The Historic Blackout in Argentina and Uruguay

CGTN

Lisa Viscidi, director of the Energy, Climate Change & Extractive Industries Program, appeared on CGTN to discuss the reasons for the unprecedented blackout that affected all of Argentina and Uruguay and parts of Paraguay on June 16 and how it affects Argentine President Mauricio Macri’s re-election campaign, and whether it could happen again.

LISA VISCIDI’S COMMENTS:

It was a huge blackout – it affected all of Argentina, all of Uruguay, 48 million people. Everything was out except for places like hospitals that have generators. Traffic lights were out, public transportation was down, people were told to conserve water because some water pumps were not working. Businesses had to close down because there were no lights. It was really on a huge scale. It was very unprecedented.

Mauricio Macri came to power in 2015 promising to reinvest in the grid and end what he called the failed energy policy of his predecessor. This must be somewhat embarrassing for him, and I imagine people are going to pounce on this given the economic crisis of late. What is your sense of what the reaction of citizens will be? 

This was one particular outage and they’re still looking into exactly what caused it, but it was some sort of technical failure near the hydroelectric dams. I do think it reflects a broader problem of not investing enough in the transmission and distribution system. Macri had said “we have to get rid of these subsidies,” as electricity is incredibly cheap for people in Argentina, meaning there is not enough money to invest in the grid. So this is part of what he promised to turn around and that, I think, that he intends to turn around but didn’t realize that it’s going to take a lot longer than he had planned. And now suddenly he’s up for re-election in October and these problems have really not been solved. 

Does this point to a larger problem throughout the continent or region?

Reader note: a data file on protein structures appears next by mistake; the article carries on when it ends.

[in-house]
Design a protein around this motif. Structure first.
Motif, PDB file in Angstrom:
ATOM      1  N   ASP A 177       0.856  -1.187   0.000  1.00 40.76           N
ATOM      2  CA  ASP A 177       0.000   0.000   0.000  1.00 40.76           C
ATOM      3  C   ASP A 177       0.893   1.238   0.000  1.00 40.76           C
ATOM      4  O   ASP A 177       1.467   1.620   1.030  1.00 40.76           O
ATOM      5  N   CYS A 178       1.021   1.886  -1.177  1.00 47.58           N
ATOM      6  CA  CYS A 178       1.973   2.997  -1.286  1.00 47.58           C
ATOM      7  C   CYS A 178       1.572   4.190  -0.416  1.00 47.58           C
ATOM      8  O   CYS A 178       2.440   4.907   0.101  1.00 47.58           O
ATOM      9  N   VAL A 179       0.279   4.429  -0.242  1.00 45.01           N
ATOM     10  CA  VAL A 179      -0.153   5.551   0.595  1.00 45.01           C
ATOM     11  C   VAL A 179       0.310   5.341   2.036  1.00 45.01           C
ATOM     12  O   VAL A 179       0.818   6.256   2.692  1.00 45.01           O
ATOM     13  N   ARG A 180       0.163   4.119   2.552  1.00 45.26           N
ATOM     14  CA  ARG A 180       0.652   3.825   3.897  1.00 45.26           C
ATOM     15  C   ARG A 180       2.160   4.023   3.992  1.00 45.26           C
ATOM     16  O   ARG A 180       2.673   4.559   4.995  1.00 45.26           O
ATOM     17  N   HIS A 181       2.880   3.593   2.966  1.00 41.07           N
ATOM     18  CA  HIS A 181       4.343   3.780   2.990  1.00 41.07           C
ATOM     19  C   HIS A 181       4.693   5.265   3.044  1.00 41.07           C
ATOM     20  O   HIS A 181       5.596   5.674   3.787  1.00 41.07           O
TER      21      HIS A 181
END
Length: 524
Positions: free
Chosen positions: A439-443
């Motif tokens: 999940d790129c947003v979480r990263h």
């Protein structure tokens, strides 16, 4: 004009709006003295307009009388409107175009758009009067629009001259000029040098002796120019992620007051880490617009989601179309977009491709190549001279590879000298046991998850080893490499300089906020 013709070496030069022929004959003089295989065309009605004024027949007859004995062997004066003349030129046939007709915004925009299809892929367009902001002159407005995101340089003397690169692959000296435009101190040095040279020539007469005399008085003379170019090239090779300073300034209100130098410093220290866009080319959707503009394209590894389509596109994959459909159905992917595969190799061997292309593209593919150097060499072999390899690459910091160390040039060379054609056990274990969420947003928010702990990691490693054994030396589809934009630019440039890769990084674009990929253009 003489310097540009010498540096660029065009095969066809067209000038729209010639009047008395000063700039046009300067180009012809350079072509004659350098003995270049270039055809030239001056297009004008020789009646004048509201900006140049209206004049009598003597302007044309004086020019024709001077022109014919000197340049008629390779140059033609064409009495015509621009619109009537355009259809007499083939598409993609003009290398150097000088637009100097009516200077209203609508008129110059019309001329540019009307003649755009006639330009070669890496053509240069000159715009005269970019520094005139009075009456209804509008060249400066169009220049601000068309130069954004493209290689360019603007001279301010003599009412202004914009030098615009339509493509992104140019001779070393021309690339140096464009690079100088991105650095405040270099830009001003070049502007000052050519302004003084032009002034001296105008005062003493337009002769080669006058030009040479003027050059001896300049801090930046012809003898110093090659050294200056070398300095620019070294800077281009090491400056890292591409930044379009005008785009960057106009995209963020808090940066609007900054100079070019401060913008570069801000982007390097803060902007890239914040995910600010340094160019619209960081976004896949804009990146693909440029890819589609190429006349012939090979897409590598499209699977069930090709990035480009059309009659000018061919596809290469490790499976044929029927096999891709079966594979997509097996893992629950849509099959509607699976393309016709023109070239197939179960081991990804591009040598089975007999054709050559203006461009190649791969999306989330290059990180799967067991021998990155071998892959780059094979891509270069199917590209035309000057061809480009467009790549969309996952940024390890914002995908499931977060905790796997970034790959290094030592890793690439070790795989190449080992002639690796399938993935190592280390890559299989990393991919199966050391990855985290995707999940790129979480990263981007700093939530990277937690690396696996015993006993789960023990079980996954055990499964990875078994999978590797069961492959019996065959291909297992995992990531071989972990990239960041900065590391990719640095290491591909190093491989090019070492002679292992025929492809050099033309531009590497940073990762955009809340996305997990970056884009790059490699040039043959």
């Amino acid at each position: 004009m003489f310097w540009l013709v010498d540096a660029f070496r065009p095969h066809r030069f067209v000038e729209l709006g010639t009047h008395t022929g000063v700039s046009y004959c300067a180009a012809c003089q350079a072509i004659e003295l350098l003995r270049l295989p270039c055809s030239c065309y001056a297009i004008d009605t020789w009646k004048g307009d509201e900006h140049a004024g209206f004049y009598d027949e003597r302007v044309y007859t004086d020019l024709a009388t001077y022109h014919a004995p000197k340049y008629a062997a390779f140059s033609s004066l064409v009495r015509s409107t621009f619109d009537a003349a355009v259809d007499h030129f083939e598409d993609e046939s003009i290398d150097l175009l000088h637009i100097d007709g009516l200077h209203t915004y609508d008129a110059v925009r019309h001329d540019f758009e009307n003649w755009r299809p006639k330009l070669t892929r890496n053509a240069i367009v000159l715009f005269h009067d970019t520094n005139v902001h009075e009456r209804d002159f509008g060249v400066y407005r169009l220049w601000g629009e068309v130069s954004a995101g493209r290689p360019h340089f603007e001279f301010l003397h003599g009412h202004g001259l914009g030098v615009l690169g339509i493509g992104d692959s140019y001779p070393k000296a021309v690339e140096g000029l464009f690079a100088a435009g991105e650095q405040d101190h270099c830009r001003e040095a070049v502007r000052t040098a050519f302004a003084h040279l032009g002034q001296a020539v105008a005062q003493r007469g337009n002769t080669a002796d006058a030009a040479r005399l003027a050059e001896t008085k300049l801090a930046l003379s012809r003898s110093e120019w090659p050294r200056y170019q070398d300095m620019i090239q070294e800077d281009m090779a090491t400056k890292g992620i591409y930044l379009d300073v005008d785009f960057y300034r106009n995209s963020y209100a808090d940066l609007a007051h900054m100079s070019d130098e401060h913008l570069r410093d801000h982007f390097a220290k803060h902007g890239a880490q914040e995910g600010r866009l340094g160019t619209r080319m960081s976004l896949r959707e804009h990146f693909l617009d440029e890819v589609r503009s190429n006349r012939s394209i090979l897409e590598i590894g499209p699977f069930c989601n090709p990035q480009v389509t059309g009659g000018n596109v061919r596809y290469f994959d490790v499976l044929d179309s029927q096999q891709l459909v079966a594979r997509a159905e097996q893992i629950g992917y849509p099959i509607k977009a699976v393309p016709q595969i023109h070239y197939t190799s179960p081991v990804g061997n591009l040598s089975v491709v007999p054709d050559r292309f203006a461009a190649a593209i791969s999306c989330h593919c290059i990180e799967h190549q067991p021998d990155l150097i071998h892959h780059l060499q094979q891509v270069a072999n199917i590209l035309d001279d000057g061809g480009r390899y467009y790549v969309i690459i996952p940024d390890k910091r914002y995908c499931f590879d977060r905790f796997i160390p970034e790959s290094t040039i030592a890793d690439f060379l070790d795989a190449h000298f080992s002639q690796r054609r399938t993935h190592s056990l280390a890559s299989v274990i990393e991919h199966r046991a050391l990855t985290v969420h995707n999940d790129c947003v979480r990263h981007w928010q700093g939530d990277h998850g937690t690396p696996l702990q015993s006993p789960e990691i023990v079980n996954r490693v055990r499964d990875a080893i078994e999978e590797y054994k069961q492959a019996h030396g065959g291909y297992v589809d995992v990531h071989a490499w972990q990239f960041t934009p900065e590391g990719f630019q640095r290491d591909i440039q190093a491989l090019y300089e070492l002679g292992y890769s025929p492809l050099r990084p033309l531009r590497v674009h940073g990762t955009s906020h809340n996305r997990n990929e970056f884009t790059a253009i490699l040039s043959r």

Yes, Latin America has high electrification rates, meaning access to electricity overall is high, but blackouts are frequent so the reliability of electricity is not good in a lot of countries. We’ve seen this type of blackout in other countries, especially during droughts in countries that rely a lot on large hydroelectric dams like Brazil, where it happened years ago and there was a huge economic impact, major economic losses. And it hurts politically as well. 

Can this be a wake-up call for Argentina, a good thing in a sense? 

I think if they take action, but it’s complicated. It costs money to invest in the grid, it takes time, you need to develop, you need to attract private resources from companies. So I’m sure that they’ll want to do more, but whether they can resolve all these problems in the rest of this president’s term, I don’t know. 

The energy secretary said “from zero to ten there is a zero chance this will repeat itself, it can’t repeat itself.” Do you think he’s right? 

I think that they could probably prevent this from happening again, it was a technical flaw that was very unusual. I don’t think this is like Venezuela where I would expect to see more and more blackouts, because the scale of the problems in Venezuela are much more serious. I think they probably won’t see it again on this scale but we may see some smaller blackouts again. 

WATCH THE FULL INTERVIEW HERE: